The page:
Te-Ping Chen's sophisticated and startling debut story collection "Land of Big Numbers" focuses on characters who don't quite understand the people in their lives, whether friends, ex-lovers, family or co-workers. For example, in "Lulu" a brother struggles in school while his brilliant twin sister's high scores on the college entrance examination have made her the pride of their parents.

When the sister begins to post news items about human rights abuses across China, the tables are turned as she eventually runs afoul of authorities. Meanwhile, the brother becomes a champion video game player. On a flight to an international tournament, the brother reflects, "I prayed for victory, and hoped that she would be proud."

Chen's stories often hinge on this kind of irony, where dreams come true but at an unexpected cost. For example, in "Hotline Girl," a woman working at a government-run help line gets a call from her abusive ex-boyfriend, now in the capital, trying to seek compensation for his parents' forced relocation. At first she offers bromides about government compensation, but upon meeting him she discovers he has also lost his arm in a factory accident.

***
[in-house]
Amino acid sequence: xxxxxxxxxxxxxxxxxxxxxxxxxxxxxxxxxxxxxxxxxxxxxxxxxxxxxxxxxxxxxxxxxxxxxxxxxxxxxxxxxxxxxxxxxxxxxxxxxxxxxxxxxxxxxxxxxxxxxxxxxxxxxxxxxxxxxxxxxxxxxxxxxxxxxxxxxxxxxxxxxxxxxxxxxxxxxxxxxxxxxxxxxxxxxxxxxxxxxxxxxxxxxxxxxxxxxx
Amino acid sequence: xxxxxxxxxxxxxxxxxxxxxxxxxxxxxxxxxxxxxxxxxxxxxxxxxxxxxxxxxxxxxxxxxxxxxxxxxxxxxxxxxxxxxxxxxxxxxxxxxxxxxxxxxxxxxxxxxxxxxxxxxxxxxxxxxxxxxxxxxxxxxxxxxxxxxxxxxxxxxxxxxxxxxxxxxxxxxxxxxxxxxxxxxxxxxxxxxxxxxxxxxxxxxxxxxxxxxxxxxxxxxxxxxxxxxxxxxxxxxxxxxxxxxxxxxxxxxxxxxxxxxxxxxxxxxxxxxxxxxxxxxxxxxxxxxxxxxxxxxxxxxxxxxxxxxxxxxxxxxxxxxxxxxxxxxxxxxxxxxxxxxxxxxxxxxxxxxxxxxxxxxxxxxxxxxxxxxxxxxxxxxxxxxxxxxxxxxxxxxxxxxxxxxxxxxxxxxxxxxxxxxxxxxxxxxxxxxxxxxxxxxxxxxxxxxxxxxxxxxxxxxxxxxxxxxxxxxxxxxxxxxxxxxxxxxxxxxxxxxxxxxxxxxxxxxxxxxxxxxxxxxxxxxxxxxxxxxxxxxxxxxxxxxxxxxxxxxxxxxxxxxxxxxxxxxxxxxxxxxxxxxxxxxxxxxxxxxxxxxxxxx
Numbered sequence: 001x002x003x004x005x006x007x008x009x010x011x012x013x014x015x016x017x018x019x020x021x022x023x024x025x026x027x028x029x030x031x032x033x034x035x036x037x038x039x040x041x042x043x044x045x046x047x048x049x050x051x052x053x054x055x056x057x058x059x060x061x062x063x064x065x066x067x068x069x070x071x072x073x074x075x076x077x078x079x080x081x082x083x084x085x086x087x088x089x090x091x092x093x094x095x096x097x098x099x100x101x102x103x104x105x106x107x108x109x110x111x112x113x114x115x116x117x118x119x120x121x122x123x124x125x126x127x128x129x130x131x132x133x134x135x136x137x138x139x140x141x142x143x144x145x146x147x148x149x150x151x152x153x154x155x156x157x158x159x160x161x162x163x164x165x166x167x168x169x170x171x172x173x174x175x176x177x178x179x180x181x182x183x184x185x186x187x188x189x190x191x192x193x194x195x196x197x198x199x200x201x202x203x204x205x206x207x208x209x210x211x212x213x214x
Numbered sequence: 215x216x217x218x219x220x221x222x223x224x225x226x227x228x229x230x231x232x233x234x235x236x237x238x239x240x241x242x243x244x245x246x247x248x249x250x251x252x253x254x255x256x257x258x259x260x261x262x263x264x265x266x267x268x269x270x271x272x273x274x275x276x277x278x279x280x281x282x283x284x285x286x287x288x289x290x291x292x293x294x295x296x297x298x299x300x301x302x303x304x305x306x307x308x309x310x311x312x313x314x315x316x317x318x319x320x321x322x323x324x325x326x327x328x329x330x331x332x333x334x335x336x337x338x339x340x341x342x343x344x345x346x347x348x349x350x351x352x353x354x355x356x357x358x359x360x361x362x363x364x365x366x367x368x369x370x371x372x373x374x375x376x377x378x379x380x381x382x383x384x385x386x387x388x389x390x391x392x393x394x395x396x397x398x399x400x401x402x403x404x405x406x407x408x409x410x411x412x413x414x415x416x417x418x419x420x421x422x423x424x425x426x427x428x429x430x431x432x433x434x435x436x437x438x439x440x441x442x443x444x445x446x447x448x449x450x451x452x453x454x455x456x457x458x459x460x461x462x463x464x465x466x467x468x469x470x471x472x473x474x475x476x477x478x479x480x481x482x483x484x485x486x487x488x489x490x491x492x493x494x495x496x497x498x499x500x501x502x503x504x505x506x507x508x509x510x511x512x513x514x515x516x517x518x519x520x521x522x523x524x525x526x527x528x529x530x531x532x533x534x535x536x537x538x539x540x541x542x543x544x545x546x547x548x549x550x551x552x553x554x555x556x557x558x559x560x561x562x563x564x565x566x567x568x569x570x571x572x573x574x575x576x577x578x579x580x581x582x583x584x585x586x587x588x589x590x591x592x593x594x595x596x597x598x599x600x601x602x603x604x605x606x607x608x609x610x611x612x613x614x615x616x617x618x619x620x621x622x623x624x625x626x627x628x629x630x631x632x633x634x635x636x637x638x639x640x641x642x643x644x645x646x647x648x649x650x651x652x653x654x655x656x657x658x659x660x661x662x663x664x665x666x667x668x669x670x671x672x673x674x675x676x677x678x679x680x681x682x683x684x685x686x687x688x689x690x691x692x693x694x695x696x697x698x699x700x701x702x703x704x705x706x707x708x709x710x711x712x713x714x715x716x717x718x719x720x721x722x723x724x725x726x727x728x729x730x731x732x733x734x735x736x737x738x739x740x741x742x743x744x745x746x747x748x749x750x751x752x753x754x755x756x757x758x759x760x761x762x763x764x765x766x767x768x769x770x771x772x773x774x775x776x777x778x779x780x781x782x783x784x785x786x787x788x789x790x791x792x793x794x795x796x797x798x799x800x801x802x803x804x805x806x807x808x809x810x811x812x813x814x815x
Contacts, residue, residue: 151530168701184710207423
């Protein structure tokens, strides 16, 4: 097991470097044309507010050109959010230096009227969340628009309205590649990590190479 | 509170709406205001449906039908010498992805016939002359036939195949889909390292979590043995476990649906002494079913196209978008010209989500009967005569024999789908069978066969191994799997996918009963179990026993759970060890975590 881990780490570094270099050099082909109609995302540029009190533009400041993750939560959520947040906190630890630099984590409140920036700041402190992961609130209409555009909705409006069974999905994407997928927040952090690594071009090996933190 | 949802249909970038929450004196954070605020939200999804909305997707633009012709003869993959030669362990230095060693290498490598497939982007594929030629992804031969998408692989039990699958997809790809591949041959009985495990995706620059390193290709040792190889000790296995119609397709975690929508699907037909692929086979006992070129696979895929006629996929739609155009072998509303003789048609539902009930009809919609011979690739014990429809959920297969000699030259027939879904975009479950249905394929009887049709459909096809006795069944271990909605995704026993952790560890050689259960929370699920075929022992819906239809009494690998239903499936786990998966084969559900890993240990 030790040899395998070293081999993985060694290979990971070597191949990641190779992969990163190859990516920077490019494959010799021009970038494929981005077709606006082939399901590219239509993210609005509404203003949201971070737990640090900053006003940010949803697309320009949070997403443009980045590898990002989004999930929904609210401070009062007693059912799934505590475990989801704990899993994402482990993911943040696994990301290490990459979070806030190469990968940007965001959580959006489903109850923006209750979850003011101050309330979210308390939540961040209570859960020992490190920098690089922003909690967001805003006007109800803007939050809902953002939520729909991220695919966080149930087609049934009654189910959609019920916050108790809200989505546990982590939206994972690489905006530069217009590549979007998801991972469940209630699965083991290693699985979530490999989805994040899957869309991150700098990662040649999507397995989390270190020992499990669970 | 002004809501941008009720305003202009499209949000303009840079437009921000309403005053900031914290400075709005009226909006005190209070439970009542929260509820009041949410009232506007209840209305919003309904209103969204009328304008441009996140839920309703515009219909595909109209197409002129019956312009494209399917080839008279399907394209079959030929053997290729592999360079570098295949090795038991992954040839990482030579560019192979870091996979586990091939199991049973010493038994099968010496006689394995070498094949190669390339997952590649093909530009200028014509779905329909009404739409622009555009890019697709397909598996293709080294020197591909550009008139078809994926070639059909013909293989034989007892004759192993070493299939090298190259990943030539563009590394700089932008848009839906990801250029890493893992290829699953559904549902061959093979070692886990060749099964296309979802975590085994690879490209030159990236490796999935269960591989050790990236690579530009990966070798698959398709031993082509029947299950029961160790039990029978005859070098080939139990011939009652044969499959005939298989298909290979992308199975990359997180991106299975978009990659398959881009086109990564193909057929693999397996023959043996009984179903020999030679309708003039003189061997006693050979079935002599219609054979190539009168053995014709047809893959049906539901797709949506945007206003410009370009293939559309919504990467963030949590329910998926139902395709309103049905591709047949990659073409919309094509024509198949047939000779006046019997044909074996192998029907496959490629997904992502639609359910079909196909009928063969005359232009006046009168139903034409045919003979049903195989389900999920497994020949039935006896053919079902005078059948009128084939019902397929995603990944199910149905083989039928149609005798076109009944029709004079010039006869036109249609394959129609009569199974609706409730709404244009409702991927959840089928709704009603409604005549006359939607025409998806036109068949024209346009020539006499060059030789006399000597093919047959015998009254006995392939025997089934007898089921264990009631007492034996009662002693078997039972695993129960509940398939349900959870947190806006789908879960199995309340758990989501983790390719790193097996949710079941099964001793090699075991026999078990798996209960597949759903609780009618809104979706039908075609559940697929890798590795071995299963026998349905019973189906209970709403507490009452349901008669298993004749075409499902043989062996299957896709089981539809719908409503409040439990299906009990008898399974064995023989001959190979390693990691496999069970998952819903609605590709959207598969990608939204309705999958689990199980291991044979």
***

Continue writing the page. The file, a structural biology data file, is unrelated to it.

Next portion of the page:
Chen is a reporter for the Wall Street Journal, formerly based in Beijing and Hong Kong, now living in the United States. In all of her stories, the characters have wounds, and then even deeper wounds, ones that cannot be easily compensated for. In the title story, a man taking ever bigger risks on the stock market inadvertently uncovers his staid father's idealistic past as a protester. But unlike his father, he is driven by a reckless optimism that has caused him to embezzle company funds to invest in the market: "The world was a profusion of opportunities waiting to be unfolded, he thought as he drifted off to sleep. He need only to stretch out his hand."

In Chen's tour de force, "Gubeikou Spirit," a group of passengers is stranded in a subway station, at first for a few hours, then days, and then in a surreal stretch, they are left in the station for months. Officials bring in food and mattresses and a giant TV, while guards prevent them from leaving.

The passengers debate what to do: to obey authorities and stay or try to escape and perhaps face punishment. One man insists, "The nation is watching us. … We need to be role models." The story could be a metaphor for stalled reforms or simply an observation of the human condition.

All but one of Chen's stories are set in China, but her depictions of human frailty and hope are universal: How many people in any nation are brave enough or foolish enough to reject security to seek out the unknown?

May-lee Chai is the author most recently of a short story collection, "Useful Phrases for Immigrants."

Land of Big Numbers
By: Te-Ping Chen.
Publisher: Mariner Books, 256 pages, $15.99.